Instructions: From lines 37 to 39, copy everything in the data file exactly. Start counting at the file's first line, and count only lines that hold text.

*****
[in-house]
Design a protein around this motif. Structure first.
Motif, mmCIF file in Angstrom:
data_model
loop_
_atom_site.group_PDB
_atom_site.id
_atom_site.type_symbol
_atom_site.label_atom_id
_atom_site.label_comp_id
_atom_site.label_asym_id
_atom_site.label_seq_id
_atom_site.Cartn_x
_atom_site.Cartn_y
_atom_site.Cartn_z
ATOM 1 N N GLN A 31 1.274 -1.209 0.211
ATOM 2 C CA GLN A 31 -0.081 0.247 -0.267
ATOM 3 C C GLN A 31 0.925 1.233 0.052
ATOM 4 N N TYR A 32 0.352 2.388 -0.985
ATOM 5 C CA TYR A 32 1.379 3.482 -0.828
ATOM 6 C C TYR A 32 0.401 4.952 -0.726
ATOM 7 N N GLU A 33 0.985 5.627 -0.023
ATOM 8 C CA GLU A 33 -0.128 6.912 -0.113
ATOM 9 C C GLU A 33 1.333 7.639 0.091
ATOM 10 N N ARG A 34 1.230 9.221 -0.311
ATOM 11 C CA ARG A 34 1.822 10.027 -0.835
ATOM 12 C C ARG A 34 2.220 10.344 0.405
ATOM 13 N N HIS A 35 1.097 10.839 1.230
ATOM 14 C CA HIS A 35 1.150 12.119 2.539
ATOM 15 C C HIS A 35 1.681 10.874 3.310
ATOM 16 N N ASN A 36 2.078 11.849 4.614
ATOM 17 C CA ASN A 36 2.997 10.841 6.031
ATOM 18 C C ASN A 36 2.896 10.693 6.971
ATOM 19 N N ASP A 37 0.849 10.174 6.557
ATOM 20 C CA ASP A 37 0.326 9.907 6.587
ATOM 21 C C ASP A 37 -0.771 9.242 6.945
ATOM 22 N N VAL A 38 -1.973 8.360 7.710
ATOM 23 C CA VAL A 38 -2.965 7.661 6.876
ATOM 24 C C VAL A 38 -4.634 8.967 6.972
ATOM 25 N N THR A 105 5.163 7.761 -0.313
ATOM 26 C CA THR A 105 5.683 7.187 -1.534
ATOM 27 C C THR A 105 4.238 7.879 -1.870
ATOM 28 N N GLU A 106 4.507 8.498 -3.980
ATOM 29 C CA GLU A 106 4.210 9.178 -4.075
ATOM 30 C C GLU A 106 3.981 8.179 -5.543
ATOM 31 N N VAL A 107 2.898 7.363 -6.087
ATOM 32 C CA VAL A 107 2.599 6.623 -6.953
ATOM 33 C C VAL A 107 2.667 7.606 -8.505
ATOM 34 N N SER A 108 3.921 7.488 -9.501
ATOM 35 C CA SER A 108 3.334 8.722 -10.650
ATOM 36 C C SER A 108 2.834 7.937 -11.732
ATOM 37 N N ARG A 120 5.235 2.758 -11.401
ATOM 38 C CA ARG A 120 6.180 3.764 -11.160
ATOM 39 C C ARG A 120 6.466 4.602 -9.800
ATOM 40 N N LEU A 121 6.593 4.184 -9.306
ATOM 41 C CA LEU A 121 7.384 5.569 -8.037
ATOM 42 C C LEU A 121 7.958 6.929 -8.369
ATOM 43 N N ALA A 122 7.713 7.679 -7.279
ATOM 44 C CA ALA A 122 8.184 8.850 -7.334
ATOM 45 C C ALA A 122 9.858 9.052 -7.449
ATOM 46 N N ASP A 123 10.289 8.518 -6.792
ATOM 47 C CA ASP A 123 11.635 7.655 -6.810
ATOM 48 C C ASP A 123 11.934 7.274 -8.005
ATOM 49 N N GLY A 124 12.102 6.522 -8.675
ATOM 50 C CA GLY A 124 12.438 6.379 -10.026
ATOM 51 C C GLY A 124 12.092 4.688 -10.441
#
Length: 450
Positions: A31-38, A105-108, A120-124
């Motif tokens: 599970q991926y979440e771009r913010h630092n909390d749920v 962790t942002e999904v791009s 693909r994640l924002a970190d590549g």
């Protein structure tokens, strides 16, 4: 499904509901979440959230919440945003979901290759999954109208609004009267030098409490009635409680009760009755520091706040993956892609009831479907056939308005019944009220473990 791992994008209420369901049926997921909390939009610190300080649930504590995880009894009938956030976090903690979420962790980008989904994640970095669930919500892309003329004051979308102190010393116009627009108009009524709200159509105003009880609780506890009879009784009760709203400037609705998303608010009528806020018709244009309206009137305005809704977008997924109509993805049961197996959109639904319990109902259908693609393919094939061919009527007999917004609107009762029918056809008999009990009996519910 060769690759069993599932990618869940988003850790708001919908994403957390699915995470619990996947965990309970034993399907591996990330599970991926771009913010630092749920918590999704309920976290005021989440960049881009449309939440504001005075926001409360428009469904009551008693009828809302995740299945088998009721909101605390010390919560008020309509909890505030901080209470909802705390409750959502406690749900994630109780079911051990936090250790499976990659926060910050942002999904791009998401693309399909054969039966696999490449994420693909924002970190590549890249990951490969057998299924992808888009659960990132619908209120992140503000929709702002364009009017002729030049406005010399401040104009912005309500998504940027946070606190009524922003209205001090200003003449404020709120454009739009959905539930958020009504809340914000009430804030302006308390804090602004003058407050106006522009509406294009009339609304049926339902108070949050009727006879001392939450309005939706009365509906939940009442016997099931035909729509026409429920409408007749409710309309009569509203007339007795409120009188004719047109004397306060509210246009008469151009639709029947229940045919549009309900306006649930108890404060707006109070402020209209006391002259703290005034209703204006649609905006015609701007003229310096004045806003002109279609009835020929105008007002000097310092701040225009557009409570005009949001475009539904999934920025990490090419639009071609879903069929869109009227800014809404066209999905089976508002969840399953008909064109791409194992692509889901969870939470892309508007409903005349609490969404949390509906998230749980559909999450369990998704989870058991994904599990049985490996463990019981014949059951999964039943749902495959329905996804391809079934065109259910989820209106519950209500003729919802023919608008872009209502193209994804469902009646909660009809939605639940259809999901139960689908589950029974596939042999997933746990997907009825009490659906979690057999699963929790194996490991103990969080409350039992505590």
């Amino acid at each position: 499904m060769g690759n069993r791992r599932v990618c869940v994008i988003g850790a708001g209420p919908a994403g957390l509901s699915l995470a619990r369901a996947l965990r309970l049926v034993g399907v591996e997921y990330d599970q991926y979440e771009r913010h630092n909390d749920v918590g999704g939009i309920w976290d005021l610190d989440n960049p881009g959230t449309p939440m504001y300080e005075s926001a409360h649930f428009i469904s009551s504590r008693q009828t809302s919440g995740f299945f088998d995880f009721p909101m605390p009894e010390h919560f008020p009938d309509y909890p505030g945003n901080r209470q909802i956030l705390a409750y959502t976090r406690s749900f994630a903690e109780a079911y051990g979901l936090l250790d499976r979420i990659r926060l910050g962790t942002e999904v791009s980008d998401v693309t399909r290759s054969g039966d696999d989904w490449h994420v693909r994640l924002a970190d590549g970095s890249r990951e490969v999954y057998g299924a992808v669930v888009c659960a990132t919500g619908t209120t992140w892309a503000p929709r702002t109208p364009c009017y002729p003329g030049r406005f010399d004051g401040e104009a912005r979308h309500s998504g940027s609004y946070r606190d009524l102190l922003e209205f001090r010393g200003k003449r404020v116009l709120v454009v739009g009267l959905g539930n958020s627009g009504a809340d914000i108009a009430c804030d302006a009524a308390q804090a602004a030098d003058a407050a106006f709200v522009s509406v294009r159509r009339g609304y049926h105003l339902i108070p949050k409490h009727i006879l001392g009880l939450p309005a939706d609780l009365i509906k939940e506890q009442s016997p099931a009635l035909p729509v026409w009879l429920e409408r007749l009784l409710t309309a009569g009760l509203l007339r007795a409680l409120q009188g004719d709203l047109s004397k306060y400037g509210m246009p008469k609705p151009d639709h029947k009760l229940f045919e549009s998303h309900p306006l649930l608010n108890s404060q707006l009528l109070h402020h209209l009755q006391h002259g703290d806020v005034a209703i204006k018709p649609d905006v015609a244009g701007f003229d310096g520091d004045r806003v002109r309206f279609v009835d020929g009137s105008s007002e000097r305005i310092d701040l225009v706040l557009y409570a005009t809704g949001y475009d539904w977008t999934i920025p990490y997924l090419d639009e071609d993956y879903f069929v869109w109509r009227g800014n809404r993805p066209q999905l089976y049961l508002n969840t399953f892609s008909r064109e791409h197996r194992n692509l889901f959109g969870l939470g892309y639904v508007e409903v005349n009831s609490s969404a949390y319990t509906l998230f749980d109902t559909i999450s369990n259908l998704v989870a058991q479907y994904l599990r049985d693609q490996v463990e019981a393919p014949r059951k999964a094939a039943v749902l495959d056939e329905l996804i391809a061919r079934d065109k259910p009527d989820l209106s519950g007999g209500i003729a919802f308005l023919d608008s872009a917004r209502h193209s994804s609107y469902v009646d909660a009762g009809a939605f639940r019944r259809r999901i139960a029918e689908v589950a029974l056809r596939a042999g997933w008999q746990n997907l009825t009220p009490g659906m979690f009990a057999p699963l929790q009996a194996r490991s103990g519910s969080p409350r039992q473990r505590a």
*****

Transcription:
ATOM 22 N N VAL A 38 -1.973 8.360 7.710
ATOM 23 C CA VAL A 38 -2.965 7.661 6.876
ATOM 24 C C VAL A 38 -4.634 8.967 6.972